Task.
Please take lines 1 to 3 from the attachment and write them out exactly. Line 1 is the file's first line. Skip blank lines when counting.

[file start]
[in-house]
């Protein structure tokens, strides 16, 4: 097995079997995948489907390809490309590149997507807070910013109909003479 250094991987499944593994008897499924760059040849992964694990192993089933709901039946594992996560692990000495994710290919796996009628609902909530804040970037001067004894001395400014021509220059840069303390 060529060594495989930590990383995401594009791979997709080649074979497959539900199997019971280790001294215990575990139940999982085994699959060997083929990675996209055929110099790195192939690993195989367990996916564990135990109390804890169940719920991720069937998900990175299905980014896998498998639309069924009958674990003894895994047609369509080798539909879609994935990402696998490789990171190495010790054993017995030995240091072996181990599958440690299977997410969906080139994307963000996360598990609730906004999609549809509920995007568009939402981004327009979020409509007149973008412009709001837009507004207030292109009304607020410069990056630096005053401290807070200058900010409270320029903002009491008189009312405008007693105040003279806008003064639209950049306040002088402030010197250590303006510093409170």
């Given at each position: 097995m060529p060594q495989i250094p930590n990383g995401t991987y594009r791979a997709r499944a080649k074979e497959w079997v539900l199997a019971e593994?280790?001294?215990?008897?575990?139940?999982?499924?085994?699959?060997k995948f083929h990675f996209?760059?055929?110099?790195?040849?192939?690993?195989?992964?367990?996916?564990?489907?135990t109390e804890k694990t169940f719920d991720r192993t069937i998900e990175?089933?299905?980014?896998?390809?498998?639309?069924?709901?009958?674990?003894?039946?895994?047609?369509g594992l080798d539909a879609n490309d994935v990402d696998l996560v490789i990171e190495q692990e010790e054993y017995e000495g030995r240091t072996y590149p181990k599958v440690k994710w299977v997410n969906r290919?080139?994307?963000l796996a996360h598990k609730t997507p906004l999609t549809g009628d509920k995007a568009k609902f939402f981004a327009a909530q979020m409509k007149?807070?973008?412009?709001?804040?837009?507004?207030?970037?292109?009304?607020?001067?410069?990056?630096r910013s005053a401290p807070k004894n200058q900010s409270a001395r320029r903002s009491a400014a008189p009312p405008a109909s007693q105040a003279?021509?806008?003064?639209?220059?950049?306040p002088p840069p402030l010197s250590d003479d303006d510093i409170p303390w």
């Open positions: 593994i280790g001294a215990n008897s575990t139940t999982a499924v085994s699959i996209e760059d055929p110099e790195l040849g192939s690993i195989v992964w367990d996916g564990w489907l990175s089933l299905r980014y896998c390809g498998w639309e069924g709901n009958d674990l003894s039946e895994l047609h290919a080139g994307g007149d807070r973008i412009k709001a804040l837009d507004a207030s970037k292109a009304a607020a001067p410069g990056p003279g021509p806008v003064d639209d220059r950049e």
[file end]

[in-house]
């Protein structure tokens, strides 16, 4: 097995079997995948489907390809490309590149997507807070910013109909003479 250094991987499944593994008897499924760059040849992964694990192993089933709901039946594992996560692990000495994710290919796996009628609902909530804040970037001067004894001395400014021509220059840069303390 060529060594495989930590990383995401594009791979997709080649074979497959539900199997019971280790001294215990575990139940999982085994699959060997083929990675996209055929110099790195192939690993195989367990996916564990135990109390804890169940719920991720069937998900990175299905980014896998498998639309069924009958674990003894895994047609369509080798539909879609994935990402696998490789990171190495010790054993017995030995240091072996181990599958440690299977997410969906080139994307963000996360598990609730906004999609549809509920995007568009939402981004327009979020409509007149973008412009709001837009507004207030292109009304607020410069990056630096005053401290807070200058900010409270320029903002009491008189009312405008007693105040003279806008003064639209950049306040002088402030010197250590303006510093409170």
């Given at each position: 097995m060529p060594q495989i250094p930590n990383g995401t991987y594009r791979a997709r499944a080649k074979e497959w079997v539900l199997a019971e593994?280790?001294?215990?008897?575990?139940?999982?499924?085994?699959?060997k995948f083929h990675f996209?760059?055929?110099?790195?040849?192939?690993?195989?992964?367990?996916?564990?489907?135990t109390e804890k694990t169940f719920d991720r192993t069937i998900e990175?089933?299905?980014?896998?390809?498998?639309?069924?709901?009958?674990?003894?039946?895994?047609?369509g594992l080798d539909a879609n490309d994935v990402d696998l996560v490789i990171e190495q692990e010790e054993y017995e000495g030995r240091t072996y590149p181990k599958v440690k994710w299977v997410n969906r290919?080139?994307?963000l796996a996360h598990k609730t997507p906004l999609t549809g009628d509920k995007a568009k609902f939402f981004a327009a909530q979020m409509k007149?807070?973008?412009?709001?804040?837009?507004?207030?970037?292109?009304?607020?001067?410069?990056?630096r910013s005053a401290p807070k004894n200058q900010s409270a001395r320029r903002s009491a400014a008189p009312p405008a109909s007693q105040a003279?021509?806008?003064?639209?220059?950049?306040p002088p840069p402030l010197s250590d003479d303006d510093i409170p303390w």